Why I love “Don Quixote” and Cervantes

Don Quixote in the Library by Adolf Schrödter 1834 PD|100yrs via Wikimedia Commons
Don Quixote in the Library by Adolf Schrödter 1834 PD|100yrs via Wikimedia CommonsPublished in two volumes, in 1605 and 1615, volume I, The Ingenious Gentleman Don Quixote of La Mancha, and volume II, The Ingenious Knight, written by by Miguel de Cervantes Saavedrais considered the most influential work of literature from the Spanish Golden Age and the entire Spanish literary canon (a body of books traditionally accepted by scholars as the most important and influential in shaping culture.)

As a founding work of modern Western literature, and one of the earliest canonical novels, it regularly appears high on lists of the greatest works of fiction ever published, such as the Bokklubben World Library ( a series of classical books, mostly novels, published by the Norwegian Book Club since 2002) collection which cites Don Quixote as authors’ choice for the “best literary work ever written.” It is also said that the two parts of this masterpiece have been  translated into more languages than any book other than the Bible.

What is a canonical novel?

Wikipedia says: “The use of the word “canon” in reference to a set of texts derives from Biblical canon, the set of books regarded as scripture, as contrasted with non-canonical Apocrypha. The term was first used by analogy in the context of fiction to refer to the Sherlock Holmes stories and novels, written by Sir Arthur Conan Doyle. Ronald Knox used the term in a 1911 essay “Studies in the Literature of Sherlock Holmes” to distinguish Doyle’s works from subsequent pastiches by other authors.” (Unlike parody, a pastiche celebrates, rather than mocks, the work it imitates).

Don Quixote  has had major influence on more writers than just me, as shown by direct references in Alexandre DumasThe Three Musketeers (1844) and Mark Twain’s Adventures of Huckleberry Finn (1884).

The Story:

Alonso Quixano, the protagonist of the novel (though he is not named until much later in the book), is a retired country gentleman nearing fifty years of age, living in La Mancha with his niece and housekeeper. Although he is–mostly–a rational man, his excessive love for books of chivalry has produced a skewed view of reality. He suffers from what we might consider dementia. In keeping with the theories of the time Cervantes wrote this novel, not sleeping adequately–because he was reading–has caused Quixano’s brain to dry. (I LOVE that!) As a result, he is easily given to anger and believes every word of these fictional books of chivalry to be true.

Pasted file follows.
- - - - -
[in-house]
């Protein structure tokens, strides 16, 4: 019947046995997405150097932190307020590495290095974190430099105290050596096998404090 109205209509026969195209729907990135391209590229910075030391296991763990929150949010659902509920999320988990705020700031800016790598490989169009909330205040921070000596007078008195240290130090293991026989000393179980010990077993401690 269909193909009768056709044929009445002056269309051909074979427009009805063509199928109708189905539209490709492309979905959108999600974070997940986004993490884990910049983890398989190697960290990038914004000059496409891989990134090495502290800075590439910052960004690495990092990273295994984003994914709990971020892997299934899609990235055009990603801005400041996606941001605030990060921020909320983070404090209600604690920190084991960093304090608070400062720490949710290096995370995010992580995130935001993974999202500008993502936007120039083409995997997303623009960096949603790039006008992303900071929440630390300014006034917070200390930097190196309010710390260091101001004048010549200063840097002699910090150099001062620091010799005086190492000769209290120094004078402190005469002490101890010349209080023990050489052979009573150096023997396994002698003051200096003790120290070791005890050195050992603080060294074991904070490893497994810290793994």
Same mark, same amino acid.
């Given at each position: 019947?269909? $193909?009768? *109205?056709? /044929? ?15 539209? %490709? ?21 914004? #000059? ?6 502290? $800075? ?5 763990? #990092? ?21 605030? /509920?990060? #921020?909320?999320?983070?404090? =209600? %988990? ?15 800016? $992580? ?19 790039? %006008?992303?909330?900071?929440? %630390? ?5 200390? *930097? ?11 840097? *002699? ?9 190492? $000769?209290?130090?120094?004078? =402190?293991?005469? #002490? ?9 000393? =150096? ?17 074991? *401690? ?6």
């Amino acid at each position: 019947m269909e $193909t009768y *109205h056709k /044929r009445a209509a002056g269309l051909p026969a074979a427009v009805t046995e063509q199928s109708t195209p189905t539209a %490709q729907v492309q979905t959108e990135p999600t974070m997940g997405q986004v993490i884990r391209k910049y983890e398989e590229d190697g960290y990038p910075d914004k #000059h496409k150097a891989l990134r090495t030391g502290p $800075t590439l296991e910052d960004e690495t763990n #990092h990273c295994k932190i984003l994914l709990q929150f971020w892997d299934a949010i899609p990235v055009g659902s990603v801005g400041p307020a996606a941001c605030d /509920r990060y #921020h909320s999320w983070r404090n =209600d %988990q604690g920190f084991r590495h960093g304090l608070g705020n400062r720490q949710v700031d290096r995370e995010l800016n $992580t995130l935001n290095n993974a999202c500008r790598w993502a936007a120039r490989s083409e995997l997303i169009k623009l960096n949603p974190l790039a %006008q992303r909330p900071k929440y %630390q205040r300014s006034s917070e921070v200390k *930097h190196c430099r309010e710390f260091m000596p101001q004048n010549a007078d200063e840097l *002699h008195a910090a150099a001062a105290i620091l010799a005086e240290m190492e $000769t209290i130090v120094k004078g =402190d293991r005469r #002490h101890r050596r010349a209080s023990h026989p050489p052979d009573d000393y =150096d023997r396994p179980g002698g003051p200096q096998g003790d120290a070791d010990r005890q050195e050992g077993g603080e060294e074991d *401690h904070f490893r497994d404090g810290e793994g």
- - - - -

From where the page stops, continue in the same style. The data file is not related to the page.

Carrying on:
Don Quixote’s niece commits, what is to me, the most heinous crime–she and the Parrish curate burn his library, and lie to him, telling him it was the work of an evil magician. Criminal!!!

He decides to become a knight-errant in search of adventure. To these ends, he dons an ancient suit of armor, renames himself “Don Quixote”,  and renames his poor old horse “Rocinante.”

Cervantes was a genius when he penned the horse–Rocinante is not only Don Quixote’s horse, but is a reflection of Don Quixote himself, ungraceful, past his prime, and in way over his head.

Don Quixote asks his neighbor, Sancho Panza, to be his squire, promising to make him governor of an island. Sancho agrees, and the pair sneak off in the early dawn. At this point their adventures begin, starting with Don Quixote’s attack on the windmills.

Miguel de Cervantes Saavedra created a wonderful, hilarious masterpiece when he penned Don Quixote. Even in today’s society the plot is relevant and and the characters leap off the pages. The extremes of the human condition are all laid out in glorious prose that was beautifully translated to English in 2003 by Edith Grossman. The New York Times called Grossman’s translation a “major literary achievement” and as a fan of all things Quixote, I wholeheartedly agree.

In the original version of Don Quixote  as penned by Cervantes, there are basically two different types of Castilian Spanish: Old Castilian is spoken only by Don Quixote, while the rest of the roles speak a modern version of Spanish. The Old Castilian of Don Quixote is for comic relief – he copies the language spoken in the chivalric books that made him crazy. Many times, when he talks nobody is able to understand him because his language is too old, and that just adds to the hilarity. This comedic effect translates well to Modern English when the translator has Don Quixote use  Shakespearean English phrases.

When you look at the books that make up the western cannon of great literary fiction you can see that all fiction is fantasy of one sort or another, beginning with the first true novel, Don Quixote, and going forward.  All of these wonderful stories were created for the enjoyment of the masses, and despite my love of genre fantasy, the classics still resonate with me.


 

Connie J. Jasperson is an author and blogger, and a regular contributing member of the Edgewise Words Inn staff.

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Author: conniejjasperson

Connie J. Jasperson lives in Olympia, Washington. A vegan, she and her husband share five children, a love of good food and great music. She is active in local writing groups, an editor for Myrddin Publishing Group, and is a writing coach. She is an active member of the both the Northwest Independent Writers Association and Pacific Northwest Writers Association, and is a founding member of Myrddin Publishing Group. Music and food dominate her waking moments. When not writing or blogging she can be found with her Kindle, reading avidly.

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